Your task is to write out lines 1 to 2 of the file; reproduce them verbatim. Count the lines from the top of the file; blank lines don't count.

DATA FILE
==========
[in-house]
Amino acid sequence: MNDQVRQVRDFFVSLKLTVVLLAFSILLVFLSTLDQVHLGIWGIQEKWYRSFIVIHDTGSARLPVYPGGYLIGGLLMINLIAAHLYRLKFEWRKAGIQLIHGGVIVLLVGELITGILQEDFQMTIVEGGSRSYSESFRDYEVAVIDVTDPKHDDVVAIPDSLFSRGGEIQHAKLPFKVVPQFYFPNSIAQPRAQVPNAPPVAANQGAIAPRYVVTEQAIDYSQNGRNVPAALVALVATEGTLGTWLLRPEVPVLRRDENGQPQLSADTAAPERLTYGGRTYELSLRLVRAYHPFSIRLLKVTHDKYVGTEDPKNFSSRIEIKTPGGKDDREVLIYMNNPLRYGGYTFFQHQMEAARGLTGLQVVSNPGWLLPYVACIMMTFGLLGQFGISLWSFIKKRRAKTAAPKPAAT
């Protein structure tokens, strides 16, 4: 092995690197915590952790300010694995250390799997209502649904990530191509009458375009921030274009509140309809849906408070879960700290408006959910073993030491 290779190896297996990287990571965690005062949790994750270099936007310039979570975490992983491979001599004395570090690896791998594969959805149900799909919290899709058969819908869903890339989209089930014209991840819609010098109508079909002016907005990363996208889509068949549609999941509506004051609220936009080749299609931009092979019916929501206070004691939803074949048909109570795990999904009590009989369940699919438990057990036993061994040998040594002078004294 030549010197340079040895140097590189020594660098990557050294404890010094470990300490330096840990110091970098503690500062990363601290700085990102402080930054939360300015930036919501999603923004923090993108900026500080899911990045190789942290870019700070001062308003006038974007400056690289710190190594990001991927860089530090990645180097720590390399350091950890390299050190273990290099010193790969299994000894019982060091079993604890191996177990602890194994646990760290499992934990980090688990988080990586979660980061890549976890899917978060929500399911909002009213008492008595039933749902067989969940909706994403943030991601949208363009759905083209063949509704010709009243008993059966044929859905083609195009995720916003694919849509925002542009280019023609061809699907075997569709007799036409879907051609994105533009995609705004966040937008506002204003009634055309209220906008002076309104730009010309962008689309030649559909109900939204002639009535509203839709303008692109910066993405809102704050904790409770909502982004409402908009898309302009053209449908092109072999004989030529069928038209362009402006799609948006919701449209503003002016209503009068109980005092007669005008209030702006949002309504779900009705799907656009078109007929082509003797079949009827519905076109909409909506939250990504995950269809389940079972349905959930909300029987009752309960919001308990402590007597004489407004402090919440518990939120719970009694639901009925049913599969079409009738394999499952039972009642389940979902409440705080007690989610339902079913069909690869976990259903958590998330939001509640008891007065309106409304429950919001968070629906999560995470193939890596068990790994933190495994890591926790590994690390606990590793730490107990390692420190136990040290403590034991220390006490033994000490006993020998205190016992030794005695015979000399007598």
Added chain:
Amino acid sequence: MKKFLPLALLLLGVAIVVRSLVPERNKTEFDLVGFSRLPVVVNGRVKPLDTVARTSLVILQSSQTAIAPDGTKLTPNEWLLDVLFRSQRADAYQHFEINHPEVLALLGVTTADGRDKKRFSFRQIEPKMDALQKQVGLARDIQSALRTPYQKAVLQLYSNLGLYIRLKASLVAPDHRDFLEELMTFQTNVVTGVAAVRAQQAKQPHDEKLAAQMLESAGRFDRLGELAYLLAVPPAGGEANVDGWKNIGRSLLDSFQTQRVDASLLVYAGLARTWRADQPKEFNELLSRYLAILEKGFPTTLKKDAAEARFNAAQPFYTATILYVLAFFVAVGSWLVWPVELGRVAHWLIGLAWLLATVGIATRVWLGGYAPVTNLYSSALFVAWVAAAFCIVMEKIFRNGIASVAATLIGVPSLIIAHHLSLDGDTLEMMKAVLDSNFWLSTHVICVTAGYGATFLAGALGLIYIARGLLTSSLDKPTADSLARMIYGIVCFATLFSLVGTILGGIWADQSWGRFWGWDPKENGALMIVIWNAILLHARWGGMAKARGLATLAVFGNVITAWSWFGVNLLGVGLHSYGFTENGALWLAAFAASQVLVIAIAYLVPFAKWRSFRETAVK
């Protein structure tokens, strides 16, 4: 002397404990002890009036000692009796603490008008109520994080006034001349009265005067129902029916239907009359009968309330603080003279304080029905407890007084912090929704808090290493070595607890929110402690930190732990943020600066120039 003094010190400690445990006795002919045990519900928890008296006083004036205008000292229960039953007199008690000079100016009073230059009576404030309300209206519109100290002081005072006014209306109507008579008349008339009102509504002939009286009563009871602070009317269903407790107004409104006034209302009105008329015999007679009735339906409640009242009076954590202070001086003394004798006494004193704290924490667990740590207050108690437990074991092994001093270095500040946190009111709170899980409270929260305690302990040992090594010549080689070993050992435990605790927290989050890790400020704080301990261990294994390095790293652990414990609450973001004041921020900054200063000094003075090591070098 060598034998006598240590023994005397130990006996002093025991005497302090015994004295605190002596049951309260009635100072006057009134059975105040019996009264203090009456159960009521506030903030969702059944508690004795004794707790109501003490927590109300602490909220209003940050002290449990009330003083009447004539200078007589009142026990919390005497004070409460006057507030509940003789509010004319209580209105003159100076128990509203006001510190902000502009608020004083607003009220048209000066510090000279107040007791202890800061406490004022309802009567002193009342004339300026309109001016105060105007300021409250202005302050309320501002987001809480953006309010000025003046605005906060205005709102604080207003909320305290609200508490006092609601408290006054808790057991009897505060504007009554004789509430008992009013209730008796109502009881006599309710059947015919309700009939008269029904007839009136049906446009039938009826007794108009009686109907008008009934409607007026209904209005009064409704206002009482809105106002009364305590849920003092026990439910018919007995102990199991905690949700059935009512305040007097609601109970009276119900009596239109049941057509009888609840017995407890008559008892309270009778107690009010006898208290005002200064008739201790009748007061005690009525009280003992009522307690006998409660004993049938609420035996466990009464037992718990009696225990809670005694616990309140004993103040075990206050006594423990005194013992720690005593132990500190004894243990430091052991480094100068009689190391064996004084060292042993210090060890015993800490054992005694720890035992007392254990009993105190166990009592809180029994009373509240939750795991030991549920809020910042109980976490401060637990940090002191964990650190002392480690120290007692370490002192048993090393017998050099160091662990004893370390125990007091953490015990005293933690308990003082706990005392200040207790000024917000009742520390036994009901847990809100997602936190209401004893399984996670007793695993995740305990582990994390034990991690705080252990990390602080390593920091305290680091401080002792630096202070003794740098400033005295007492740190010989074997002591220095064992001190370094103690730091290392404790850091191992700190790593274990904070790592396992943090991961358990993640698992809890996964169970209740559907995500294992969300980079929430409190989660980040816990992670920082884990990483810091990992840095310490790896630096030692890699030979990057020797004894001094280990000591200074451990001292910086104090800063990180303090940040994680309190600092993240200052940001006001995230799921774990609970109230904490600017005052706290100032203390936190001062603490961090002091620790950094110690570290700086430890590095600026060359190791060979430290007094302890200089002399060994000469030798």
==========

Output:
[in-house]
Amino acid sequence: MNDQVRQVRDFFVSLKLTVVLLAFSILLVFLSTLDQVHLGIWGIQEKWYRSFIVIHDTGSARLPVYPGGYLIGGLLMINLIAAHLYRLKFEWRKAGIQLIHGGVIVLLVGELITGILQEDFQMTIVEGGSRSYSESFRDYEVAVIDVTDPKHDDVVAIPDSLFSRGGEIQHAKLPFKVVPQFYFPNSIAQPRAQVPNAPPVAANQGAIAPRYVVTEQAIDYSQNGRNVPAALVALVATEGTLGTWLLRPEVPVLRRDENGQPQLSADTAAPERLTYGGRTYELSLRLVRAYHPFSIRLLKVTHDKYVGTEDPKNFSSRIEIKTPGGKDDREVLIYMNNPLRYGGYTFFQHQMEAARGLTGLQVVSNPGWLLPYVACIMMTFGLLGQFGISLWSFIKKRRAKTAAPKPAAT